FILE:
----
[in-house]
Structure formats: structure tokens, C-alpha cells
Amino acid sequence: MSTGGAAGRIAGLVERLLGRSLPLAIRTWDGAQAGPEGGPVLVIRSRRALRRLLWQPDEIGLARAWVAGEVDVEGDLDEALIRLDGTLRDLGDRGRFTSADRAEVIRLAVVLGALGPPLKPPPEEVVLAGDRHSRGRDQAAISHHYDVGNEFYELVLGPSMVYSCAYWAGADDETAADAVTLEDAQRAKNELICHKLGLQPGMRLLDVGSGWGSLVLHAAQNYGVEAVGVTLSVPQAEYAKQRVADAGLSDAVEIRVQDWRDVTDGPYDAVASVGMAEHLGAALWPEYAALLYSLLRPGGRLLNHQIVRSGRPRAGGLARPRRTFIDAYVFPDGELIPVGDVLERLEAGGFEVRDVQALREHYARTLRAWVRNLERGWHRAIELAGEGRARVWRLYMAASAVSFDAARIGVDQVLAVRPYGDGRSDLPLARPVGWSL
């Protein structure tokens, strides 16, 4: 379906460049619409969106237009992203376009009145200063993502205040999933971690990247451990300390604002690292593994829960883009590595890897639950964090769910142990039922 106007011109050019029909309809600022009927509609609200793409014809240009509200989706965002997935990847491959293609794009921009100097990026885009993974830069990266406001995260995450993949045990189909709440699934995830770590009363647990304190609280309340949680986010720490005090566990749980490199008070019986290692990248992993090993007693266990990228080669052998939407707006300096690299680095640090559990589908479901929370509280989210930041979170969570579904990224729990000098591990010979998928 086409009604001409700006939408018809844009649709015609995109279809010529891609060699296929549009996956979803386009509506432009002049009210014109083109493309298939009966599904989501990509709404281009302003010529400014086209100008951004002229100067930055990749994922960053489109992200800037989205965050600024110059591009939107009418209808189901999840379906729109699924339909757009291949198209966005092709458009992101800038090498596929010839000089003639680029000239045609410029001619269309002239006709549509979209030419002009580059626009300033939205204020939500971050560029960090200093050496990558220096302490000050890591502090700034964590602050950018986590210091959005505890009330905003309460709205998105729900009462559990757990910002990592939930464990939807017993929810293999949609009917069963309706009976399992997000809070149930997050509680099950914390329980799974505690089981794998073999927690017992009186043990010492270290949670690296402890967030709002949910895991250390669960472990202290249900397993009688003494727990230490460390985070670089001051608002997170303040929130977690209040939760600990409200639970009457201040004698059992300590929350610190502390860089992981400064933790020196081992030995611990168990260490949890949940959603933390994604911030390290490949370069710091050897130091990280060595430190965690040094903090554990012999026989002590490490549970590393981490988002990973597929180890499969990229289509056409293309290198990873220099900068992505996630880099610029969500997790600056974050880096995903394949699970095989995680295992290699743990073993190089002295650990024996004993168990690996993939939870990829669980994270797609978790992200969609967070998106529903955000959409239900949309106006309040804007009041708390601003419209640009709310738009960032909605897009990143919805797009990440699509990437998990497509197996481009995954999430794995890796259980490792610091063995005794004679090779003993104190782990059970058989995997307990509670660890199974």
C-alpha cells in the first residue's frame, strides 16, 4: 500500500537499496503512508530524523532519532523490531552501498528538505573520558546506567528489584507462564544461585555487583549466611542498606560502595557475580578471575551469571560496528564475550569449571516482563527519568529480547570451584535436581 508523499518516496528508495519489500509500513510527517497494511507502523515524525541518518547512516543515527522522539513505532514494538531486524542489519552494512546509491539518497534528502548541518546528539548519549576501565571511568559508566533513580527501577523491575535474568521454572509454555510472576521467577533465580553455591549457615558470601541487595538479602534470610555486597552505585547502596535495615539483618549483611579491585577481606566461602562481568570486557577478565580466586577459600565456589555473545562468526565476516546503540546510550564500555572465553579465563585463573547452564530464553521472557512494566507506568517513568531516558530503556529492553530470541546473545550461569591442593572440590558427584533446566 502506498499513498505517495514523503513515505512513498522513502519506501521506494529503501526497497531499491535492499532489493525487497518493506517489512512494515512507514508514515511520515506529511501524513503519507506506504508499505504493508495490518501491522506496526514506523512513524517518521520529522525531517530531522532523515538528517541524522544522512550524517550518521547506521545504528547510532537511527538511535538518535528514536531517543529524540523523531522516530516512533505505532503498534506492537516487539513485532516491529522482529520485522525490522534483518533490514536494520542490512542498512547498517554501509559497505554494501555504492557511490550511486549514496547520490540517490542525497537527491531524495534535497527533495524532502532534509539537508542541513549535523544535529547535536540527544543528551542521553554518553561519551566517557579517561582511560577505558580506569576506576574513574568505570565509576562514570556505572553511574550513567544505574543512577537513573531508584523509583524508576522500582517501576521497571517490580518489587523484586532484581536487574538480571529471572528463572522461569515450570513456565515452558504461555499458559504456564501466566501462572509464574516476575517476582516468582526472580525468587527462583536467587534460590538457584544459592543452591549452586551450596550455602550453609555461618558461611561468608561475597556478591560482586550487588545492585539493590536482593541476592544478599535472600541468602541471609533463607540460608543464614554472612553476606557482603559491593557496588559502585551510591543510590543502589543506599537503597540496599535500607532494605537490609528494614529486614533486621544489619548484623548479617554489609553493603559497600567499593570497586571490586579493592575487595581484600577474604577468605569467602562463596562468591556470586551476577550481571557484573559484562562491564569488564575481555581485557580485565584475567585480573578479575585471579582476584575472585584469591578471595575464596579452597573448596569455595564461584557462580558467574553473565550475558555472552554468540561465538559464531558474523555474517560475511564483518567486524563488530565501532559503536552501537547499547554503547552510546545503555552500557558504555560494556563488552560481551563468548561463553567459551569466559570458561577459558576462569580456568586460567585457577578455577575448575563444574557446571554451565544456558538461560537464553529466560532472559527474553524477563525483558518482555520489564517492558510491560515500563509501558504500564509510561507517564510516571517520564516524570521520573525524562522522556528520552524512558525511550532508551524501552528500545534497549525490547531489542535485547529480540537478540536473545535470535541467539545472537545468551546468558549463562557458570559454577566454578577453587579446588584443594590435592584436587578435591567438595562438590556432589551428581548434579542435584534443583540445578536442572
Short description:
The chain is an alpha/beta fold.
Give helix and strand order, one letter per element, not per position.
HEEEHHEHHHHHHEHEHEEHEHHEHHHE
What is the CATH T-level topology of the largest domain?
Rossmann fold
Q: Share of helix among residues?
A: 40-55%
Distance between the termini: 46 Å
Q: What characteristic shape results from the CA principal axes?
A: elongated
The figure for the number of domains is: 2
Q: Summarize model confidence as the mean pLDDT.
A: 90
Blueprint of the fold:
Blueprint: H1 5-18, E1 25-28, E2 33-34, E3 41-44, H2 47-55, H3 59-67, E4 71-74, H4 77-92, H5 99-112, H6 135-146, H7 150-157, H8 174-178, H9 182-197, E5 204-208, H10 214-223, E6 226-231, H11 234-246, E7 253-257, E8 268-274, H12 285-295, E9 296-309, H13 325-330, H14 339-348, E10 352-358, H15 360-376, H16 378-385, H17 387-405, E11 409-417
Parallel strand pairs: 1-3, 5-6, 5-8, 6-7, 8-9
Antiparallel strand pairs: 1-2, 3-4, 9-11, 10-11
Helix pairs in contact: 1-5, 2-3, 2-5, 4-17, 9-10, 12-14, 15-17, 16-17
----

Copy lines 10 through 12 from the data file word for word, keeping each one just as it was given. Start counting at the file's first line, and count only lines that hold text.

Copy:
What is the CATH T-level topology of the largest domain?
Rossmann fold
Q: Share of helix among residues?